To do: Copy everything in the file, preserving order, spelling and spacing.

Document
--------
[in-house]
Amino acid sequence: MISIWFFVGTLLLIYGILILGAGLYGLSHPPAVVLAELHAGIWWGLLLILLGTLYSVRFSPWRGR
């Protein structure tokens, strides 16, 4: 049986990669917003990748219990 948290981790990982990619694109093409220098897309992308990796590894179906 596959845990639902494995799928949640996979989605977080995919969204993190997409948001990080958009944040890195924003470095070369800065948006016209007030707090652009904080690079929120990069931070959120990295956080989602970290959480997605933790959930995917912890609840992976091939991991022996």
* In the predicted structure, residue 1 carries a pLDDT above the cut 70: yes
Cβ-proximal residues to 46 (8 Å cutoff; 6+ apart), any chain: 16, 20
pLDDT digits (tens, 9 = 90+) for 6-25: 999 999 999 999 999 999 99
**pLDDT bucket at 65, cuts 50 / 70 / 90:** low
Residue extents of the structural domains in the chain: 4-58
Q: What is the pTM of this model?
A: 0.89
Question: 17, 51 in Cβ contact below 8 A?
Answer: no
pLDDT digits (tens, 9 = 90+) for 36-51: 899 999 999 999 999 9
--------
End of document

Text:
[in-house]
Amino acid sequence: MISIWFFVGTLLLIYGILILGAGLYGLSHPPAVVLAELHAGIWWGLLLILLGTLYSVRFSPWRGR
């Protein structure tokens, strides 16, 4: 049986990669917003990748219990 948290981790990982990619694109093409220098897309992308990796590894179906 596959845990639902494995799928949640996979989605977080995919969204993190997409948001990080958009944040890195924003470095070369800065948006016209007030707090652009904080690079929120990069931070959120990295956080989602970290959480997605933790959930995917912890609840992976091939991991022996």
* In the predicted structure, residue 1 carries a pLDDT above the cut 70: yes
Cβ-proximal residues to 46 (8 Å cutoff; 6+ apart), any chain: 16, 20
pLDDT digits (tens, 9 = 90+) for 6-25: 999 999 999 999 999 999 99
**pLDDT bucket at 65, cuts 50 / 70 / 90:** low
Residue extents of the structural domains in the chain: 4-58
Q: What is the pTM of this model?
A: 0.89
Question: 17, 51 in Cβ contact below 8 A?
Answer: no
pLDDT digits (tens, 9 = 90+) for 36-51: 899 999 999 999 999 9